To illustrate this point, consider Figure 9. Here, a user has an initial representation state or initial meaning of web contents. This initial user conceptual organization is not assumed to be identical to the concept organization in a web page (isomorphic) but homomorphic. Information foraging through time (R) is based on a user cognitive strategy to obtain meaning from contents. Thus, transforming conceptual organization (T) and acquiring new concepts serve to obtain valid homomorphic representation of contents such that T’R = RT. A transformation path can be specified as:

R T S t O t = T R S t O t , E3

where O(t) relates to a specific conceptual organization (defined by natural semantic net parameters), which in turns defines R. Furthermore, by using some basic notation from automata theory [45], it is possible to specify a transition rule from 3 as follows:

q w = q x a = T ´ R S t O t , E4

where meaning formation implies regulation of a transition rule ∂′(q, w) = T′ (Figure 10).

Figure 10.

Building a mental model from web page contents through meaning formation [44].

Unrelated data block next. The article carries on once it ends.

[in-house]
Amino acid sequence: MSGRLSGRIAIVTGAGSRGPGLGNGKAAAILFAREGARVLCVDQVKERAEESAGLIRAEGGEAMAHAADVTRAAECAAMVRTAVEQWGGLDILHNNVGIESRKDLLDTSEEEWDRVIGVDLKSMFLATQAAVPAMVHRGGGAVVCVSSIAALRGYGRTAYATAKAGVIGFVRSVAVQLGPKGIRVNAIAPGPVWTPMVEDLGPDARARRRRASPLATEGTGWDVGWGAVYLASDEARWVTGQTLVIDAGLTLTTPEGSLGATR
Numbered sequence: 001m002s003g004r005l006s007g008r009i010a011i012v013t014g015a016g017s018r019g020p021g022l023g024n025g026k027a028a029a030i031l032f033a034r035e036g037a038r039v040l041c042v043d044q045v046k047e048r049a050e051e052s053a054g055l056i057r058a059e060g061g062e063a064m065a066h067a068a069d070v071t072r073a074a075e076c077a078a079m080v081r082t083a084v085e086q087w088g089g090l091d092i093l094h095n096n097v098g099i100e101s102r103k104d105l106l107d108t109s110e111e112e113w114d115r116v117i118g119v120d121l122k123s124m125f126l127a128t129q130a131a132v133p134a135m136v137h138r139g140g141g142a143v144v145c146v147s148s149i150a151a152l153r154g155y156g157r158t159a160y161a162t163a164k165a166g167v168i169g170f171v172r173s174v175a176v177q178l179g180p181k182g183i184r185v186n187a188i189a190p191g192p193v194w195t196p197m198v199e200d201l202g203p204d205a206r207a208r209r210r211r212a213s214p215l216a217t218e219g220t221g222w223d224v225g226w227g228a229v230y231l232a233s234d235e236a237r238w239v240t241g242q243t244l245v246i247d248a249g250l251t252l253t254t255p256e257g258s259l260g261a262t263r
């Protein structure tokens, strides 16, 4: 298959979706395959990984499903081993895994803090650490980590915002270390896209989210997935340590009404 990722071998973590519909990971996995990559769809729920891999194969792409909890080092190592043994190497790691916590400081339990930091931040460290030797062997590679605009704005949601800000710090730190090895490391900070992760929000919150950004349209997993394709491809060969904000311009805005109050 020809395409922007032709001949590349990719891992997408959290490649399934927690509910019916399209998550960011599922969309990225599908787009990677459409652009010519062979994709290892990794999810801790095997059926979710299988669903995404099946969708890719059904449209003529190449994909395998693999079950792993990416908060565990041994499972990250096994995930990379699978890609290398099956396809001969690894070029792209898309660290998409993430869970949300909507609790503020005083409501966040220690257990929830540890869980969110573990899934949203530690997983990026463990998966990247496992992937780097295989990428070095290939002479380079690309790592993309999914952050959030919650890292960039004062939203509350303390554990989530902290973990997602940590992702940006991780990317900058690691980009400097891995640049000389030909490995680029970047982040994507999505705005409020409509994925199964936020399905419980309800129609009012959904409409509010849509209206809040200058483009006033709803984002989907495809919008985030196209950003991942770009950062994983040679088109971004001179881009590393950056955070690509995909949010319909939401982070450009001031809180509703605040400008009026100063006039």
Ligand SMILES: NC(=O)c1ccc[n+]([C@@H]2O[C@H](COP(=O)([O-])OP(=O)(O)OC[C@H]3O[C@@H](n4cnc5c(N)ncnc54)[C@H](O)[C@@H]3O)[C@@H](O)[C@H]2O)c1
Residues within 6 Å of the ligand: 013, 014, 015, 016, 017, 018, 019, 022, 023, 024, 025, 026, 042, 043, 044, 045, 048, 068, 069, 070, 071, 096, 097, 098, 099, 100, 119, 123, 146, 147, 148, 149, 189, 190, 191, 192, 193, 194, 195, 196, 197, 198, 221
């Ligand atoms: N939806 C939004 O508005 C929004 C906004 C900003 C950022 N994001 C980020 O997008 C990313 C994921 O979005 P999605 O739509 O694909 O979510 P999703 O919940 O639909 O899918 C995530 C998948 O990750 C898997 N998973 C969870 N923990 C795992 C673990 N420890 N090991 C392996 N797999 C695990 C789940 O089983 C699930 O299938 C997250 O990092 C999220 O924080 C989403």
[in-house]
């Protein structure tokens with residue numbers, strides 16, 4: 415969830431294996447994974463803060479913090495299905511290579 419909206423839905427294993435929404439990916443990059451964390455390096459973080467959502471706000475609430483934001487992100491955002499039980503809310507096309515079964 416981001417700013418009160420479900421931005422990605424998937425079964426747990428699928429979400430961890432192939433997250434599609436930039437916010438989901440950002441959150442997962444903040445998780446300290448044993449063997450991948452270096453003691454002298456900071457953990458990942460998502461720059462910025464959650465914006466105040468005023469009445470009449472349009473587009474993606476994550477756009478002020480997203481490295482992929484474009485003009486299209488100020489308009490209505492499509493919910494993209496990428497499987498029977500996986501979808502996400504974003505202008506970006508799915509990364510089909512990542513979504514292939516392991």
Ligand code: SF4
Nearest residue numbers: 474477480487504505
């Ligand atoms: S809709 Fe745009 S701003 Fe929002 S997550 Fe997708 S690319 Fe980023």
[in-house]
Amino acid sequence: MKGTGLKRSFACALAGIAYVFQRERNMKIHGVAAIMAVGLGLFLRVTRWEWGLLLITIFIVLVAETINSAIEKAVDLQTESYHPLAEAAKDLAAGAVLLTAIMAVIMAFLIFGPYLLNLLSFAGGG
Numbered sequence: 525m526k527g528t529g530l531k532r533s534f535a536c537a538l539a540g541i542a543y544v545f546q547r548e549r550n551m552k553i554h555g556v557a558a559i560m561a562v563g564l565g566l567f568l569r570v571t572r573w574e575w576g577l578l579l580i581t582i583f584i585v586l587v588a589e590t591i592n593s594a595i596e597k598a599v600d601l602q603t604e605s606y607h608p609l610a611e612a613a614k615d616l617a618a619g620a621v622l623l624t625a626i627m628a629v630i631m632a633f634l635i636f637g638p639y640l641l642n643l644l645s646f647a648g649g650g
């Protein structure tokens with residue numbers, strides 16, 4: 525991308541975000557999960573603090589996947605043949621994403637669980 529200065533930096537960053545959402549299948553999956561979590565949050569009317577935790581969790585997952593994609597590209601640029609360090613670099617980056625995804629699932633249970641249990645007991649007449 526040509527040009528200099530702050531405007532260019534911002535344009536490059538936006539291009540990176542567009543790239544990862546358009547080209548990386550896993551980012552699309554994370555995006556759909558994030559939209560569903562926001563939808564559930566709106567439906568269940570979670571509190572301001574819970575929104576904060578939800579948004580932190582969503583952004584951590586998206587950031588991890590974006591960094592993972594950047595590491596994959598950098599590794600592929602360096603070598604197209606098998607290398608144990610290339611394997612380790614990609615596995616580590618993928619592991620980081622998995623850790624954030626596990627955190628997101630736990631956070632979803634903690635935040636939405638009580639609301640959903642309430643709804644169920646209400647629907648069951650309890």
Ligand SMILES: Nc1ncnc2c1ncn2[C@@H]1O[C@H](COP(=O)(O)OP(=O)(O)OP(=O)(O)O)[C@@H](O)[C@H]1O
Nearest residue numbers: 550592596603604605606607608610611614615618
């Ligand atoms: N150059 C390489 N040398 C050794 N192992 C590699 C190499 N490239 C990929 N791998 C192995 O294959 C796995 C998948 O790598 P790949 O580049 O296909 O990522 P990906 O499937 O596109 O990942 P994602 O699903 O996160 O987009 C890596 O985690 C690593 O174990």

For example, consider a set of 10 highest-ranked concepts that provide most of connectivity in a natural semantic network [q0, q1, q2, q3, q4, q5, q6, q7, q8, q9]. Here, proper meaning formation requires going from q0 to q9. Now suppose that after information foraging, a user produces a transition set like [q1, q6, q0, q3, q5, q7, q4, q9, q8, q10] such that:

Natural semantic net ∩ information foraging [q0, q1, q3, q4, q5, q6, q7, q8, q9]

Since user exploration of contents only missed one relevant semantic concept (q2), it is assumed the user obtained a valid homomorphic mental representation of the meaning implied inside the web page even when the concept path position (estimated M value) is high (by considering Eq. (2)).